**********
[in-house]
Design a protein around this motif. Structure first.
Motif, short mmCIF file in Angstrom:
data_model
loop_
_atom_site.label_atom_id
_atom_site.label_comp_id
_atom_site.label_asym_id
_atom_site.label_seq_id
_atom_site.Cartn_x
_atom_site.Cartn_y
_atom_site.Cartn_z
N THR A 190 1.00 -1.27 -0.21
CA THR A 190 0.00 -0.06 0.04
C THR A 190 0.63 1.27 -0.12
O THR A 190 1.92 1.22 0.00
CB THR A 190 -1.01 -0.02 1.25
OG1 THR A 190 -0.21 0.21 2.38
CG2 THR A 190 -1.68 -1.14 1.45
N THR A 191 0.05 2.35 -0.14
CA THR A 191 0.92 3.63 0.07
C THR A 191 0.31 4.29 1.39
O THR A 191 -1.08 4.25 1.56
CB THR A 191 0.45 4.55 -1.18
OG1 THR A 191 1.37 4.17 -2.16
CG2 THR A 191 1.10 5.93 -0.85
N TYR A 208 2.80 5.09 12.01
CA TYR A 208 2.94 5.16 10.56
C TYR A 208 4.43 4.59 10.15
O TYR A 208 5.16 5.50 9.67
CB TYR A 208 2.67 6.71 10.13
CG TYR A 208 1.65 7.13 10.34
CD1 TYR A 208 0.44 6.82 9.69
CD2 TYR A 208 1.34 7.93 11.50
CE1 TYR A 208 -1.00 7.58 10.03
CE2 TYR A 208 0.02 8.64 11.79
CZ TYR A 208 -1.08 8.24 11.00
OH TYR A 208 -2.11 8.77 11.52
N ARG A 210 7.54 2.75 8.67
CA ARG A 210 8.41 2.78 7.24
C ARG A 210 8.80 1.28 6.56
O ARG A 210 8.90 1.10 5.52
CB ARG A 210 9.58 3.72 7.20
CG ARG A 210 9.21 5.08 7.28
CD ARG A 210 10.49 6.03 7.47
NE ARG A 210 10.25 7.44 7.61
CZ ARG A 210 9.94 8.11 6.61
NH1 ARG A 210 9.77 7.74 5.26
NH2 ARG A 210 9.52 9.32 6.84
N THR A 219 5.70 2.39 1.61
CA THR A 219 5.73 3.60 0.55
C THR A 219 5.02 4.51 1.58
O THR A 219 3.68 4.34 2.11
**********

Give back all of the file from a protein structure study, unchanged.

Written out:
[in-house]
Design a protein around this motif. Structure first.
Motif, short mmCIF file in Angstrom:
data_model
loop_
_atom_site.label_atom_id
_atom_site.label_comp_id
_atom_site.label_asym_id
_atom_site.label_seq_id
_atom_site.Cartn_x
_atom_site.Cartn_y
_atom_site.Cartn_z
N THR A 190 1.00 -1.27 -0.21
CA THR A 190 0.00 -0.06 0.04
C THR A 190 0.63 1.27 -0.12
O THR A 190 1.92 1.22 0.00
CB THR A 190 -1.01 -0.02 1.25
OG1 THR A 190 -0.21 0.21 2.38
CG2 THR A 190 -1.68 -1.14 1.45
N THR A 191 0.05 2.35 -0.14
CA THR A 191 0.92 3.63 0.07
C THR A 191 0.31 4.29 1.39
O THR A 191 -1.08 4.25 1.56
CB THR A 191 0.45 4.55 -1.18
OG1 THR A 191 1.37 4.17 -2.16
CG2 THR A 191 1.10 5.93 -0.85
N TYR A 208 2.80 5.09 12.01
CA TYR A 208 2.94 5.16 10.56
C TYR A 208 4.43 4.59 10.15
O TYR A 208 5.16 5.50 9.67
CB TYR A 208 2.67 6.71 10.13
CG TYR A 208 1.65 7.13 10.34
CD1 TYR A 208 0.44 6.82 9.69
CD2 TYR A 208 1.34 7.93 11.50
CE1 TYR A 208 -1.00 7.58 10.03
CE2 TYR A 208 0.02 8.64 11.79
CZ TYR A 208 -1.08 8.24 11.00
OH TYR A 208 -2.11 8.77 11.52
N ARG A 210 7.54 2.75 8.67
CA ARG A 210 8.41 2.78 7.24
C ARG A 210 8.80 1.28 6.56
O ARG A 210 8.90 1.10 5.52
CB ARG A 210 9.58 3.72 7.20
CG ARG A 210 9.21 5.08 7.28
CD ARG A 210 10.49 6.03 7.47
NE ARG A 210 10.25 7.44 7.61
CZ ARG A 210 9.94 8.11 6.61
NH1 ARG A 210 9.77 7.74 5.26
NH2 ARG A 210 9.52 9.32 6.84
N THR A 219 5.70 2.39 1.61
CA THR A 219 5.73 3.60 0.55
C THR A 219 5.02 4.51 1.58
O THR A 219 3.68 4.34 2.11